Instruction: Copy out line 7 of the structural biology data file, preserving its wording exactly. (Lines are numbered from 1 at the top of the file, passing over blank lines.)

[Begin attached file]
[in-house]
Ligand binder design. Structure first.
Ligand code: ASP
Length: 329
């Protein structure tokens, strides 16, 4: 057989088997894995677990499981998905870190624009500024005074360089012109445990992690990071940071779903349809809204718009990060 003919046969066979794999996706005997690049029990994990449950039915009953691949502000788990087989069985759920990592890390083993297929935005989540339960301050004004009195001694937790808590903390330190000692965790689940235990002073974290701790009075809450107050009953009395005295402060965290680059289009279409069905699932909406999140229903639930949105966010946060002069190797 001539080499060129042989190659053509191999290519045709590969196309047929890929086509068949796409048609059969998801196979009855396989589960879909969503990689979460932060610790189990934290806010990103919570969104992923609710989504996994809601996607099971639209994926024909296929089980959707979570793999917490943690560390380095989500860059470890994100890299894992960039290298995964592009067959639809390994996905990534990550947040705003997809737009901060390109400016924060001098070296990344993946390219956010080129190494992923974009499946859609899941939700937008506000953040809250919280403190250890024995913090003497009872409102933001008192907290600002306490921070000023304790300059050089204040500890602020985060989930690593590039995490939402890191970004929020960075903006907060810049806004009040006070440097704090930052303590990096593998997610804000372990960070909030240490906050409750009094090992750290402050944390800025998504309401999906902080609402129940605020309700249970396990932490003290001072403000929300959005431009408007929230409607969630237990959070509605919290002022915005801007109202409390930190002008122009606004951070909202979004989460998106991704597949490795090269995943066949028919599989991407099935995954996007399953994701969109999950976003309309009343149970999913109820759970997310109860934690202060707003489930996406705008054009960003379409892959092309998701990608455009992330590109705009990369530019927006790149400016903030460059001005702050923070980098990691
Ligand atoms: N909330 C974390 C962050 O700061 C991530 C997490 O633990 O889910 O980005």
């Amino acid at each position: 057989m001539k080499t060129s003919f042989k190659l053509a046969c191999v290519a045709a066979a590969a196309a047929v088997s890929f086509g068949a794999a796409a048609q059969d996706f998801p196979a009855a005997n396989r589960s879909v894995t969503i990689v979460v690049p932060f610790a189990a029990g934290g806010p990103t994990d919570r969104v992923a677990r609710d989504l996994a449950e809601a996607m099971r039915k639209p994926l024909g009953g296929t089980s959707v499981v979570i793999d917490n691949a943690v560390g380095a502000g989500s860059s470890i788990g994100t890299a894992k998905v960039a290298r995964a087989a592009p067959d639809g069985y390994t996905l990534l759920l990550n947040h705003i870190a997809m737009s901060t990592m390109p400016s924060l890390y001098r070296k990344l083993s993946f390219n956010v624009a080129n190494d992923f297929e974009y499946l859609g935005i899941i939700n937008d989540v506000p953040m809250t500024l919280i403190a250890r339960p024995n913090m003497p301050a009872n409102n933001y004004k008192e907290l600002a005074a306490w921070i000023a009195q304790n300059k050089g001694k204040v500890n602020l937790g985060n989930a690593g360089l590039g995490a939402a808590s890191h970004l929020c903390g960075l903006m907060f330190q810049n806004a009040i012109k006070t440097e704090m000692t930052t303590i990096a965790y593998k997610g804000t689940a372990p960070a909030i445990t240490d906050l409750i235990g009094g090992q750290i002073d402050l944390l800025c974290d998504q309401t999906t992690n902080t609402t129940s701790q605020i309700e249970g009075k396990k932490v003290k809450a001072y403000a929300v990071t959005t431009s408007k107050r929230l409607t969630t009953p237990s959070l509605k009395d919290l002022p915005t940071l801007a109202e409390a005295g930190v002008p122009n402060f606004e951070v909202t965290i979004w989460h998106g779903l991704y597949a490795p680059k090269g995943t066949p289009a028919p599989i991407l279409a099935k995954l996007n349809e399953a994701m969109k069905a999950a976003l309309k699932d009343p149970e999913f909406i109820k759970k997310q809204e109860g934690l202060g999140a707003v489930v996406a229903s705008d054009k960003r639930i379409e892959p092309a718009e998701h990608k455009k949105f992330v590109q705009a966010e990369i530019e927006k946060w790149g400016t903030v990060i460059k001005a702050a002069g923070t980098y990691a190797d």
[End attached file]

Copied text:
């Amino acid at each position: 057989m001539k080499t060129s003919f042989k190659l053509a046969c191999v290519a045709a066979a590969a196309a047929v088997s890929f086509g068949a794999a796409a048609q059969d996706f998801p196979a009855a005997n396989r589960s879909v894995t969503i990689v979460v690049p932060f610790a189990a029990g934290g806010p990103t994990d919570r969104v992923a677990r609710d989504l996994a449950e809601a996607m099971r039915k639209p994926l024909g009953g296929t089980s959707v499981v979570i793999d917490n691949a943690v560390g380095a502000g989500s860059s470890i788990g994100t890299a894992k998905v960039a290298r995964a087989a592009p067959d639809g069985y390994t996905l990534l759920l990550n947040h705003i870190a997809m737009s901060t990592m390109p400016s924060l890390y001098r070296k990344l083993s993946f390219n956010v624009a080129n190494d992923f297929e974009y499946l859609g935005i899941i939700n937008d989540v506000p953040m809250t500024l919280i403190a250890r339960p024995n913090m003497p301050a009872n409102n933001y004004k008192e907290l600002a005074a306490w921070i000023a009195q304790n300059k050089g001694k204040v500890n602020l937790g985060n989930a690593g360089l590039g995490a939402a808590s890191h970004l929020c903390g960075l903006m907060f330190q810049n806004a009040i012109k006070t440097e704090m000692t930052t303590i990096a965790y593998k997610g804000t689940a372990p960070a909030i445990t240490d906050l409750i235990g009094g090992q750290i002073d402050l944390l800025c974290d998504q309401t999906t992690n902080t609402t129940s701790q605020i309700e249970g009075k396990k932490v003290k809450a001072y403000a929300v990071t959005t431009s408007k107050r929230l409607t969630t009953p237990s959070l509605k009395d919290l002022p915005t940071l801007a109202e409390a005295g930190v002008p122009n402060f606004e951070v909202t965290i979004w989460h998106g779903l991704y597949a490795p680059k090269g995943t066949p289009a028919p599989i991407l279409a099935k995954l996007n349809e399953a994701m969109k069905a999950a976003l309309k699932d009343p149970e999913f909406i109820k759970k997310q809204e109860g934690l202060g999140a707003v489930v996406a229903s705008d054009k960003r639930i379409e892959p092309a718009e998701h990608k455009k949105f992330v590109q705009a966010e990369i530019e927006k946060w790149g400016t903030v990060i460059k001005a702050a002069g923070t980098y990691a190797d």